Culture Vulture: reviews round-up

The critics' verdict on Sue Gerhardt, Aminatta Forna and the Chris Morris biography, though not in t

Lucian Randall, Disgusting Bliss: The Brass Eye of Chris Morris

Sameer Rahim in the Telegraph finds that this biography of the man behind Brass Eye and Jam "cites many examples of Morris's personal kindness and generosity", while conceding that he is "not a crowd-pleaser", and his "uncompromising comic vision ... has often landed him in trouble". Elizabeth Day in the Observer notes that Chris Morris "trades on his anonymity", and "the first quarter of Disgusting Bliss is thus hampered by a lack of interesting information." She concludes: "impeccably researched and fluently written, Disgusting Bliss paints Morris as a frantic-minded perfectionist, a visionary unwilling to cede control of his projects. He emerges from this biography as someone maniacally convinced of the rightness of his vision, who steamrollers opposition and approaches controversy with relish." For Arifa Akbar in the Independent, the book is "illuminating, if all too admiring" and an "inspiring read for budding anarchists". Sophie Elmhirst in the New Statesman finds that "Randall offers a feast of anecdotes. It feels as if he has interviewed everyone Morris has ever worked with, a method that can read heavily at times", and restates the critical consensus: "Randall confirms the portrait of Morris as an uncompromising creator."

Susan Gerhardt, The Selfish Society

Phil Hogan in the Observer begins by this describing this book, inauspiciously, as "quite inspiring" and "the latest to join the clamour against consumerism revived in recent times". Gerhardt is "is more understanding than condemning" compared to other commentators on the subject, but "the diagnosis - that acquiring a lot of stuff doesn't make you happy - is the same". Lesley McDowell in the Independent on Sunday is impressed that "Sue Gerhardt's polemic is an unusual thing: it not only pinpoints what is wrong, but also suggests ways to put it right"; she also "knows that she is taking on long-cherished beliefs". McDowell sums up Gerhardt's approach thus: "If we don't change the way we bring up children, beginning from the moment that they are born, we will stay depressed and in debt", and concludes: "I believe her." David Evans in the Financial Times writes that "The idea that broken Britain might be mended with cuddles will attract cynicism, but Gerhardt has the neuroscience to back it up." He also notes that Gerhardt "quotes everyone from Engels to David Cameron along the way".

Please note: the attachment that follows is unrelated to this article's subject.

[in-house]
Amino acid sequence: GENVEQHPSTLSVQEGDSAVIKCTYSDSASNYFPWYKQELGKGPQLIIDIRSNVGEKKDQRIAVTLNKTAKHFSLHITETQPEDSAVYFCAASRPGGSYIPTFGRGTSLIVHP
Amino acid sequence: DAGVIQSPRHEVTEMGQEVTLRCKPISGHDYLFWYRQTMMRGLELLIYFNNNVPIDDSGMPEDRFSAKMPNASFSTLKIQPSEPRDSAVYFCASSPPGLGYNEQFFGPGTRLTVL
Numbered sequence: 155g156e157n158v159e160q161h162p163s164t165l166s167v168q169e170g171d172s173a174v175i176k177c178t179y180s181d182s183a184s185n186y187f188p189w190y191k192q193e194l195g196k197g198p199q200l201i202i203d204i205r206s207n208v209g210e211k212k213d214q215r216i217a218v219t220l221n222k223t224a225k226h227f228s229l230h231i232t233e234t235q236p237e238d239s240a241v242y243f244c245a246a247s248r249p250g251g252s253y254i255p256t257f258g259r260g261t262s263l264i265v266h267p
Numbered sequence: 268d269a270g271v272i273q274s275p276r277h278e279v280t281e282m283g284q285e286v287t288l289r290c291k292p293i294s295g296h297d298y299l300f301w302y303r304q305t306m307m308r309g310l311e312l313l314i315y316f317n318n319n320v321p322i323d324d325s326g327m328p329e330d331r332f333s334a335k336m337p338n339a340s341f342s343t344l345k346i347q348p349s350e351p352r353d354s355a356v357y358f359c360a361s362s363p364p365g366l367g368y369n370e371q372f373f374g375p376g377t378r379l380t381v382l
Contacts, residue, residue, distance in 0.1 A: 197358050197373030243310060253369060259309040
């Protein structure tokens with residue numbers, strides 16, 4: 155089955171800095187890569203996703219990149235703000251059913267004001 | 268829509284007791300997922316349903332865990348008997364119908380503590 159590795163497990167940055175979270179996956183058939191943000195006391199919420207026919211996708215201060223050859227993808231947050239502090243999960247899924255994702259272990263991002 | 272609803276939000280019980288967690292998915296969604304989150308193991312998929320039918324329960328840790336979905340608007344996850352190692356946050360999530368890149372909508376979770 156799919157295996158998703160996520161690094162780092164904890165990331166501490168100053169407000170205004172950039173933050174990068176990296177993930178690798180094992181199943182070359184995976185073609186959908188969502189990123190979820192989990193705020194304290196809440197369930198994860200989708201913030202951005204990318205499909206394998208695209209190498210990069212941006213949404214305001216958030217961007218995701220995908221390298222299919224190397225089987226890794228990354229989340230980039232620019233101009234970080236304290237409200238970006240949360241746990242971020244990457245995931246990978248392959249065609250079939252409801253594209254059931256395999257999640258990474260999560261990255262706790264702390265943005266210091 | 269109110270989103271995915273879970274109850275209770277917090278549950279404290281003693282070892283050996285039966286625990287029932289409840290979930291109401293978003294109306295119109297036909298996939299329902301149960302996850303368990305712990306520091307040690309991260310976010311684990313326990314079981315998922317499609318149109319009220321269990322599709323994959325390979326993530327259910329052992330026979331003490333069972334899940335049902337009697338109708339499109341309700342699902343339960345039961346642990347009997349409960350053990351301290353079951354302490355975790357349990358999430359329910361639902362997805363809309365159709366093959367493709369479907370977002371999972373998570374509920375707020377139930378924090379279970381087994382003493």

Aminatta Forna, The Memory of Love

For Tim Adams in the Observer, Aminatta Forna's second novel is "ambitious and deeply researched", in which "Freudian archetypes are everyday reality" within its setting in Sierra Leone circa 2001. Adams quibbles that "There is a neatness and a coincidence to this plotting that at times seems strained but serves Forna's wider point that everything is connected if you look hard enough", while praising Forna's depiction of "Sierra Leone's monstrous recent history": "As Forna's forensic reinhabiting of the aftermath of the conflict reveals, these wounds may have vivid physical realities, but it is always behind the eyes that they are felt most keenly." Lucy Atkins in the Sunday Times agrees about the plotting: "This is delicately and skilfully done, and although sometimes the coincidences seem distinctly unlikely, they somehow work." She concludes that "This is a slow novel that occasionally feels as if Forna could have pared things back a little. But then, the steady pace makes the awful revelations all the more disturbing." Jane Shilling in the Telegraph declares that "This is an ambitious project", but finds that in this novel "Forna weaves an intricate tapestry of betrayal, tragedy and loss". Although she agrees that Forna's plot "has something too much of artifice - almost mechanical - about it", she decides that "Forna understands that it is only by making patterns out of chaos that humans find the courage to continue living."

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Shell-shock symphony: Berg’s Wozzeck – opera’s take on post-traumatic stress disorder

Begun in 1914 and premiered in 1925, Wozzeck has class struggle, poverty and mental health problems as its principal subjects.